Tuesday, September 23, 2008

Book Review: Library 2.0 and Beyond

I just finished a new library book and want to share my notes about it. This book is an anthology of articles on different aspects of library 2.0. Each article has a different author with a different focus and different style, some practical, some theoretical. There were three chapters of this book I got a lot out of, two that had good information that didn't seem relevant to me, and many that were not very memorable. Here are my notes:

Library 2.0 & Beyond: Innovative Technologies & Tomorrow’s User
Edited by Nancy Courtney
Westport, CT: Libraries Unlimited (2007)

The term “Library 2.0” first appeared in 2005 and, to put it simply, is a concept where the trends and tools of Web 2.0 are applied to libraries. Web 2.0 is broader than just the tools we associate with it. A comprehensive definition is hard to achieve, but it includes:
  • wisdom of crowds
  • age of the amateur
  • many people contributing just a little to get impressive results
  • participation; constant change; collaboration
  • self-service
  • two-way flow of information between the people and the organizations
  • **democratizing of communication

These virtual communities support physical ones. For libraries, this means we should make the library available at all points of need, and integrate the library with services outside of the library’s walls.

Here are the highlights of the book:

Chapter 4 on podcasting by Chris Kretz
It explains the difference between a mere audio file and a “podcast,” which must include RSS. Things you can do with podcasts include

  • book reviews
  • highlighting collections
  • reading books (one library read the entire Frankenstein in 27 podcasts over a month, featuring different faculty members’ voices)
  • leading a treasure-hunt exercise
  • “Library Audio to Go” (focuses on specific information resources and topics related to research in a conversational manner)
  • “Computer Tips” at Providence PL (hands-on tutorials for stuff like Google Earth, Flickr, Craigslist, and go with screen shots)
  • live programs hosted at library
  • local history, story time, teen show

Of course there are legal issues involved. You must get signed permission from speakers, permission from authors/artists, podsafe music, copyright of books, etc. To promote podcasts, you should submit the RSS feed to a podcast directory (Ed. Podcast Network, iTunes, Podcast Alley), include information in the ID3 tags, add graphic or logo to the ID3 tag. Also be sure to make it clear at the start of each podcast who/what will be presented.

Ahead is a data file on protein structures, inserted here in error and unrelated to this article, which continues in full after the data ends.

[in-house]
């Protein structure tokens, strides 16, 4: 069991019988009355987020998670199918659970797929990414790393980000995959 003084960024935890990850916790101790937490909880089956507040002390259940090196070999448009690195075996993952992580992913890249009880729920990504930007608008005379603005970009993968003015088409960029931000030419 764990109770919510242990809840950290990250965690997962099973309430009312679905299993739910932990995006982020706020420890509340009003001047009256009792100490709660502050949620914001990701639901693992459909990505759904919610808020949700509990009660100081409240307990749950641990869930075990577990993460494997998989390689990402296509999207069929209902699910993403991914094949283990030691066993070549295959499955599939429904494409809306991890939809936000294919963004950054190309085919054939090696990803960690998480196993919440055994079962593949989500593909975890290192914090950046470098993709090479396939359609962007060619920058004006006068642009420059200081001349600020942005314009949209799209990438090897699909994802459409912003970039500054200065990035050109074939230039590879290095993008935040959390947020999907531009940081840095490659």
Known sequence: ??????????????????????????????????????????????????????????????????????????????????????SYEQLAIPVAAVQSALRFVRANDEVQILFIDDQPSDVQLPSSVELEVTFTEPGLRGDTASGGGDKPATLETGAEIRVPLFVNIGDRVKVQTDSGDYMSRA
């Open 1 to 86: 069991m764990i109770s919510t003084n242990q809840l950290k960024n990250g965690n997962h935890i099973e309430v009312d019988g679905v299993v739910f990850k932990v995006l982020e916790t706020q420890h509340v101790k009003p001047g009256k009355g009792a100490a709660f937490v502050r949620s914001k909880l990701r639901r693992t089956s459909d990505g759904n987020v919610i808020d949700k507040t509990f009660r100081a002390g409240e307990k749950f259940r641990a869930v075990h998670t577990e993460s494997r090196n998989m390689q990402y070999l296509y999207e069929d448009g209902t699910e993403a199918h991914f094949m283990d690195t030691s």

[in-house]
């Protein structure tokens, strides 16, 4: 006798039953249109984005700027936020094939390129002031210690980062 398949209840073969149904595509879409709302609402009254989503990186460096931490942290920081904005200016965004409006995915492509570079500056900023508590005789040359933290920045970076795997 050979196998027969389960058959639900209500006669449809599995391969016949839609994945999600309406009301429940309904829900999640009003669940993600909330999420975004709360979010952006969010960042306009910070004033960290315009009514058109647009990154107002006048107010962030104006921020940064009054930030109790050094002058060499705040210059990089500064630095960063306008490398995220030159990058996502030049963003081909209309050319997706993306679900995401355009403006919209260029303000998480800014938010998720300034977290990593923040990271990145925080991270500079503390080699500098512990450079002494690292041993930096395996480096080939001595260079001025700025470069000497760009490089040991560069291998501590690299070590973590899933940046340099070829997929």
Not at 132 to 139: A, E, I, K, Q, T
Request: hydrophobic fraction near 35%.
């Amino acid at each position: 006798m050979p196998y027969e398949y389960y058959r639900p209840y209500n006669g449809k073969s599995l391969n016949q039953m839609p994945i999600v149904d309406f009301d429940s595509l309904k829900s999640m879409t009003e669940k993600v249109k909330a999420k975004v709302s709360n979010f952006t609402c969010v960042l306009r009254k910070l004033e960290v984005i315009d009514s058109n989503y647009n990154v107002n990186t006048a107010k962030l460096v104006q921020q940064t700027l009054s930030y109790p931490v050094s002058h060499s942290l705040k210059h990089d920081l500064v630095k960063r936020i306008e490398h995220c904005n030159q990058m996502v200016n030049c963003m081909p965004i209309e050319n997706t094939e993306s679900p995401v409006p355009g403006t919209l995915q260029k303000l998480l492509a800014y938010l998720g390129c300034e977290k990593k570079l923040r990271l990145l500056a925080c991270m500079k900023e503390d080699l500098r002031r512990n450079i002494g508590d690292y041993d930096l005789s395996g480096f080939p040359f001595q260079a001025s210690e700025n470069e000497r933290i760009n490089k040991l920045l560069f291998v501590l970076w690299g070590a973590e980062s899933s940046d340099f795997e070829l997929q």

Chapter 8 on user-based tagging by Ellyssa Kroski
This was also a good chapter, discussing the advantages and disadvantages of letting the masses “tag” items on the Web in order to organize it. She argues there’s just too much information on the Web to be cataloged by professionals, so why fight the amateur organization?

Advantages- inclusiveness (no bias), currency, discovery potential, nonbinary nature (no one preferred term for all synonyms), self-moderation/democratic, shows what users want and insight into their behavior, community, low cost, usability, and resistance is futile.

Disadvantages- non synonym control, lack of precision, lack of hierarchy, lack of recall, susceptibility to “gaming” (like spamming).

Advanced features are making tagging more useful.

Chapter 9 on learning from video games by David Ward
This had some great stuff in the section on “Games as an Education Tool.” I think most library educators agree that straight-out lectures don’t work anymore, you have to get them active. Video games involve learning; the players have to learn to solve problems and will spend hours doing so. We should use off-the-shelf games or make our own that get students simulating the research process to give them practical albeit virtual experience.
The definition of a “video game” is:

  • visual digital information to 1+ players
  • takes input from players
  • processes the input according to programmed game rules
  • alters digital information based on input

He writes that you don’t need to use actual video games, just characteristics of the games, where players learn by doing and discovering… a.k.a. “active learning.” You must keep telling to a minimum, to allow for discoveries. Allow them to get feedback from environment to inform them for their next action.

Furthermore, 2.0 involves collaborative relationships. Try to provide opportunities for “peer-to-peer creation and transfer of knowledge.” This provides newbies a stronger support system. Let students build their own research guides.

Less memorable chapters for me included: Virtual Worlds (Second Life), Social Networking, Mashups, Handheld Computers in Library (including cell phones), Wikis. The chapter on future catalogs was good, but not of personal interest as we can’t build our own catalog. But much of what it suggests will be available in Indigo, which I hope we will switch to over winter break. The chapter on digital storytelling was very good, and written by academic librarians, but I found it difficult to see how it would be applied to our library. I would like to see examples of this.

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